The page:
The Australian Nursing and Midwifery Federation has launched a multimedia campaign calling on the Government to prioritise aged care in the upcoming Federal Budget and improve aged care staffing.
The “It’s Not Too Much” campaign, which launched on Monday, includes radio, television and online ads plus mobile billboards in key electorates that highlight the daily struggles of residents due to aged care staffing shortages such as inadequate pain relief or mealtime assistance.
The ANMF is calling on the government to use next month’s budget to:
- mandate staffing ratios in aged care homes
- legislate requirements for clinical governance, leadership and expertise
- legislate provider transparency and accountability for taxpayer funds
- guarantee workforce capacity and capability
- implement a registration scheme for aged care workers.
The campaign is encouraging Australians to show their support by sharing the campaign on social media or writing to politicians.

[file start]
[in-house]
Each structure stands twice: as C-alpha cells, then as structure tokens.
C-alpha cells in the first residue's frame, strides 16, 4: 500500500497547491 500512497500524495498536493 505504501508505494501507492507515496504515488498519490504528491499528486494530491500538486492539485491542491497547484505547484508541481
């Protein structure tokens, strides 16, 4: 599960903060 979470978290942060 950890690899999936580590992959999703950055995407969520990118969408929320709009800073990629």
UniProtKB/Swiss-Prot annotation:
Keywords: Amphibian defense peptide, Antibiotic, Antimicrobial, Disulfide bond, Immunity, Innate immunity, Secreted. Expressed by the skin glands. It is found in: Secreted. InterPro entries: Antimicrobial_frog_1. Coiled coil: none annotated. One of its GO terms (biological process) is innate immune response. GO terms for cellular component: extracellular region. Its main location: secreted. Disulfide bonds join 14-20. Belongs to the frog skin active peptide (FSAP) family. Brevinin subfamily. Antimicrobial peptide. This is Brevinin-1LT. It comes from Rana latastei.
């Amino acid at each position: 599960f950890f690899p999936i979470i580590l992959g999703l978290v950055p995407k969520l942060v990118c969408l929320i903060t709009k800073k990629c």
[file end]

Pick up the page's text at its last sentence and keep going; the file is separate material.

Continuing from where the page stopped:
ANMF acting federal secretary Lori-Anne Sharp said the campaign spoke to the human rights framework.
“We believe that everyone in aged care should feel safe and they should have received the care that they need and that they deserve. But at the moment, that is just not happening,” Ms Sharp told Australian Ageing Agenda.
“Everything is underpinned by adequate staffing. When there’s not enough staffing, there are just not enough people to attend to people’s needs. And we saw that during COVID, particularly in Victoria last year,” Ms Sharp said.
Ms Sharp said the call for staff ratios is also a gender issue.
“The workforce is predominantly 89 per cent female. We know that they’re underpaid and they’re undervalued,” Ms Sharp said.
“We hope that this government and the [Australian Labor Party] connect to the care industry because there has been a lot of investment in more male dominated industries during COVID and post-COVID,” she said.
Ms Sharp said she hoped the campaign brought change to the aged care sector.
“We hope…with this government that we can achieve a minimum staffing ratio in aged care to support the needs of elderly residents. We simply can’t go on. The neglect cannot go on anymore. Everything is underpinned by the lack of staffing,” she said.
Aged care providers can also act now by seeking to have a minimum staffing level and registered nurse on every shift, Ms Sharp said.